The second point of my first comment to this page argued about the conflict between private property vs intellectual property. I had hoped that you would understand the distinction between these two is the same as your terminology of book vs text. Apparently you did not understand this and I hope my last post clarified this for you.

If you cannot understand my argument sufficiently to justify a rebuttal. Please at least have the decency to justify your own assertions of censorship. That one is your argument so hopefully you can defend it.

John said...

"It is rather difficult to go into a DVD however and rearrange the molecules so as to make the changes to the original copy (book) therefore they have to copy it and make the changes to that copy."

With this, you prove you have no idea what I mean when I say text. I will not try to explain it again. I will instead trust that if anybody has bothered to follow this blather to this point, then THEY at least have understood.

Denying that an argument has been made does not in fact mean that an argument has not been made. There is a difference, whether you accept it or not.

Find it rich if you will. I couldn't care less how you find it. I find your continued defence of the censorship imposed on the text of Titanic to be despicable. On the other hand, I find your inability to discern the censorship hardly surprising at all, given everything else you've written here.

Is this what you meant when you said you were looking forward to picking holes in my arguments? When do the holes appear?

Infringer said...

Wow. What a way to shut down a debate!

"With this, you prove you have no idea what I mean when I say text. I will not try to explain it again. I will instead trust that if anybody has bothered to follow this blather to this point, then THEY at least have understood."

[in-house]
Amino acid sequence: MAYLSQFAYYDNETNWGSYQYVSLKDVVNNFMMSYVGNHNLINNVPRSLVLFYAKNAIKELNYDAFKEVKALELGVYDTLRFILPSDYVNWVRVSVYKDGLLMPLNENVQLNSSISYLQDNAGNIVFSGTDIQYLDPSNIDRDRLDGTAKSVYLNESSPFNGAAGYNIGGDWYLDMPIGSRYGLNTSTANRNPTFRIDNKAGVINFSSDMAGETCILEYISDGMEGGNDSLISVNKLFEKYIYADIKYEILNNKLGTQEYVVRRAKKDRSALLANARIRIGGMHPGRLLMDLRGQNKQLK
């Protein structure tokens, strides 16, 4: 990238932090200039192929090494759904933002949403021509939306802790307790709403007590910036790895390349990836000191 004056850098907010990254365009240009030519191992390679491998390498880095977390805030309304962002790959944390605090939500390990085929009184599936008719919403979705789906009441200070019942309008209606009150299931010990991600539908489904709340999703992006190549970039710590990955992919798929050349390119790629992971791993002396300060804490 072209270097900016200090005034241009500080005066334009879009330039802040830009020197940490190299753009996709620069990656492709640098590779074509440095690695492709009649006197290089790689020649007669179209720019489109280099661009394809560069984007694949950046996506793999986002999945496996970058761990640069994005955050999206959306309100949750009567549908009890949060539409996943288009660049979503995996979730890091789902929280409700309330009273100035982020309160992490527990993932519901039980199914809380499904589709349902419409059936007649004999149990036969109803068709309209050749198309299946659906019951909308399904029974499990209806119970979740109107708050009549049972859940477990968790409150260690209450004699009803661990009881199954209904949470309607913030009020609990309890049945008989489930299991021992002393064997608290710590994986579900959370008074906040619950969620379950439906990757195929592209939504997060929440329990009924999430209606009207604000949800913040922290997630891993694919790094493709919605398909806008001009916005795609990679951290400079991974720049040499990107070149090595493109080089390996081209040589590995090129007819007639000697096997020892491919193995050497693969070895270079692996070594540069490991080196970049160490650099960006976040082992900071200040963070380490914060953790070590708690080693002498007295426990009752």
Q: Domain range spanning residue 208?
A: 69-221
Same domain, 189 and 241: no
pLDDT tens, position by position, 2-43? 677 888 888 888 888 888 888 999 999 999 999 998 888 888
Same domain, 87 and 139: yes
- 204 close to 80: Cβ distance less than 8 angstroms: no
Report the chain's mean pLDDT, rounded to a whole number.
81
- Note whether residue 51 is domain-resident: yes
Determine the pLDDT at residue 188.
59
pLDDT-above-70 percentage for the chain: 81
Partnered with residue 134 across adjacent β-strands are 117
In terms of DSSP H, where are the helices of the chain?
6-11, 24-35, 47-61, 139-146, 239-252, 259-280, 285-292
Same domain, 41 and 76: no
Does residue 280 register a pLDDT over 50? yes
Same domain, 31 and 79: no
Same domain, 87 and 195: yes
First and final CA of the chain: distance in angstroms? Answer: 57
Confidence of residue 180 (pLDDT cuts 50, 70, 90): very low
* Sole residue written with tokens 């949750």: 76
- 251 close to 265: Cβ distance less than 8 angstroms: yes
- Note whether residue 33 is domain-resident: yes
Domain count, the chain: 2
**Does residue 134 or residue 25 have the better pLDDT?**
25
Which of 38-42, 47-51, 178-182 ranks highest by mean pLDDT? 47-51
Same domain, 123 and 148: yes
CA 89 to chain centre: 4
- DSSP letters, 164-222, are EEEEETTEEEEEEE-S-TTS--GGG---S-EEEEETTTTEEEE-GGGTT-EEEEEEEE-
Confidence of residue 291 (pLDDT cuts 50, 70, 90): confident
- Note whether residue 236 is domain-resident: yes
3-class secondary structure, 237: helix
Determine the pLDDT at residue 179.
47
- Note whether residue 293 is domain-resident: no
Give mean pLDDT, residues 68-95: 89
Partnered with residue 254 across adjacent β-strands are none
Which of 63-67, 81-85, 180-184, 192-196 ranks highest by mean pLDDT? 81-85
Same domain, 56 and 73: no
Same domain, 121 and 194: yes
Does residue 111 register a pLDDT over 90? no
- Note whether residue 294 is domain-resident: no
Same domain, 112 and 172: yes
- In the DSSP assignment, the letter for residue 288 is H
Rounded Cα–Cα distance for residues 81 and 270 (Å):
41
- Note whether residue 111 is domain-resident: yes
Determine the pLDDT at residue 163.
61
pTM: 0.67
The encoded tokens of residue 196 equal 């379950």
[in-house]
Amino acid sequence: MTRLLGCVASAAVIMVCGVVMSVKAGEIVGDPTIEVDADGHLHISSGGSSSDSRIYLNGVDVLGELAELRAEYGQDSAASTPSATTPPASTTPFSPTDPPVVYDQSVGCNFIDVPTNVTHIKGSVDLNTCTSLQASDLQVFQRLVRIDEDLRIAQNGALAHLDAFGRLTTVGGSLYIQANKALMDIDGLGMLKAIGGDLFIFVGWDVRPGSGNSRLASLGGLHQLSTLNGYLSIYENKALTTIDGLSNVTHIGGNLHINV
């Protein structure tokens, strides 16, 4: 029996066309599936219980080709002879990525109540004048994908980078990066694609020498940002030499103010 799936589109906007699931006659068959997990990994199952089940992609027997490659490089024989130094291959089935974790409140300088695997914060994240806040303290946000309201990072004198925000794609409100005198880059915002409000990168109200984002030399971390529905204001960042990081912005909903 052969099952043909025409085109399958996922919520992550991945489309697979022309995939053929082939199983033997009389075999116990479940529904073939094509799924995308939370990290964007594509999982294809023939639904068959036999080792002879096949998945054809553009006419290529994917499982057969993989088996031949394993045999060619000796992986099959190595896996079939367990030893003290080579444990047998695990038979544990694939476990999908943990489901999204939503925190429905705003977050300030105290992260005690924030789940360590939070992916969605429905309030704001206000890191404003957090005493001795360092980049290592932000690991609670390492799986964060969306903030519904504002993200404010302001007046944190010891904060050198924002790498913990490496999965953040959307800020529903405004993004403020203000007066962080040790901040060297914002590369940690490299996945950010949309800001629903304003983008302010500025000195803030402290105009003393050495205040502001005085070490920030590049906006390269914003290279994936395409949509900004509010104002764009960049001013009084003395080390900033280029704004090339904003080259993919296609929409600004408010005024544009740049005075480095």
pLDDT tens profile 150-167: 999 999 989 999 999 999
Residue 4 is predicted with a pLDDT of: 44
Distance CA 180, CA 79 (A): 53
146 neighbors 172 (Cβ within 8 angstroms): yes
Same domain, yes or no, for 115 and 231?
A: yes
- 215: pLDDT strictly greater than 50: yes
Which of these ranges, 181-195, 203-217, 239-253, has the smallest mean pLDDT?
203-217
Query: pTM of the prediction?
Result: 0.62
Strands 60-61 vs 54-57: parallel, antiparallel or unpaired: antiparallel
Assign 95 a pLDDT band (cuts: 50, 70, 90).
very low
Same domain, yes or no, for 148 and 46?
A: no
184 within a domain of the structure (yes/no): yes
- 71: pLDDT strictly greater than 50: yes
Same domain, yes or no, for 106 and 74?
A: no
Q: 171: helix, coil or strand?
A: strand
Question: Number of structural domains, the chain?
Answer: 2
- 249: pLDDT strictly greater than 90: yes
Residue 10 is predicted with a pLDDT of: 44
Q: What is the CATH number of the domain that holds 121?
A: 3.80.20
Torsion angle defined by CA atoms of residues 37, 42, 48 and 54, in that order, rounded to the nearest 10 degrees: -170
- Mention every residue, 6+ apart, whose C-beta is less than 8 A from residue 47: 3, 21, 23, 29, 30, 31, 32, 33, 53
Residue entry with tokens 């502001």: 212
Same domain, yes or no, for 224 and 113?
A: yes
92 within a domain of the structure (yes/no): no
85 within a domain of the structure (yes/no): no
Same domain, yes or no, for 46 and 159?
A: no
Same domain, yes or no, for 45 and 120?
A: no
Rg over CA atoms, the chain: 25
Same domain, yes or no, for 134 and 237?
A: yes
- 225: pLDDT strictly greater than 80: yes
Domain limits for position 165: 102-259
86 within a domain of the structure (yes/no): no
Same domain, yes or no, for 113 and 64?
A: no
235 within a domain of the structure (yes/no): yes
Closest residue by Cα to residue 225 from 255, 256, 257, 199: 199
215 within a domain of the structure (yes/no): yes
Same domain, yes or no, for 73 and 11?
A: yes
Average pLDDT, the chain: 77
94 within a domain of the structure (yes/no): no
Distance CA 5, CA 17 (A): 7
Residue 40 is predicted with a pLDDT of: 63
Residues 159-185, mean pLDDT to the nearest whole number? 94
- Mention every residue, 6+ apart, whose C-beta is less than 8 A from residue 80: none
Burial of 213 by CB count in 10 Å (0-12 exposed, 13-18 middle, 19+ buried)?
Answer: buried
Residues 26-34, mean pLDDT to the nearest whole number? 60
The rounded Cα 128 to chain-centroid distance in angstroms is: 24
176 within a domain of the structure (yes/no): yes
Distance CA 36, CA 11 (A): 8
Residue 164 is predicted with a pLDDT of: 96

First of all John, you didn't explain it the first time. Let alone again. To find your distinction between 'book' and 'text' I had to go to some of your Facebook posts where you said:

"They did not buy the original production of the film (what in my work I call my text), and have no right whatsoever to alter it to better reflect their values."

and

"I'm not talking about wanting to protect a single copy of my book; I want to protect my text. If you buy a copy of my book, I expect no more payment from you, even if you resell that book to a used book store. But you can't take the text that underlies that book and start pumping out your own editions of John Degen's novel."

So if you are not talking individual copies vs. copyright here, then you are right, I haven't a F#$% clue what you are talking about, and I think you'll find no one else does either. Maybe Russell can help me here since you are unwilling. Russell, can you read John's mind?

I am at least doing my best to both make my position clear and at the same time understand yours. I wish you were at least willing to clarify your position (even if you can't see mine) when I obviously have no idea what you mean when you say text.

Feel free to not defend your censorship claim. But if you are trying to convince other people of the merits of your argument (not just me) I would have expected you to want to do so.

Infringer said...

Looking back at some of your debate with Russell I have to argue further.

Where you say: "Do you not see an incredibly important freedom of expression component to the Kate Winslet story? If the original creators cannot maintain control over the integrity of their work, what's to stop someone from distributing it as original with whatever changes they choose integrated into the work? Again, this is the difference between book and text."

Two important points need to be made here

1) we are talking about editing here, not wholesale changes. They are only removing things not adding anything. So your Schindler's List example does not apply. It is the same as ripping pages out if a book, or cropping a photograph. Should you not be allowed to share a book after pages have been removed? Should you be prohibited from ripping individual chapters out of a book and sharing them with your friends? I saw them do this on an episode of M*A*S*H once. Should you be prohibited from taking the oil on canvas painting in your living room, cropping it and rehanging it elsewhere?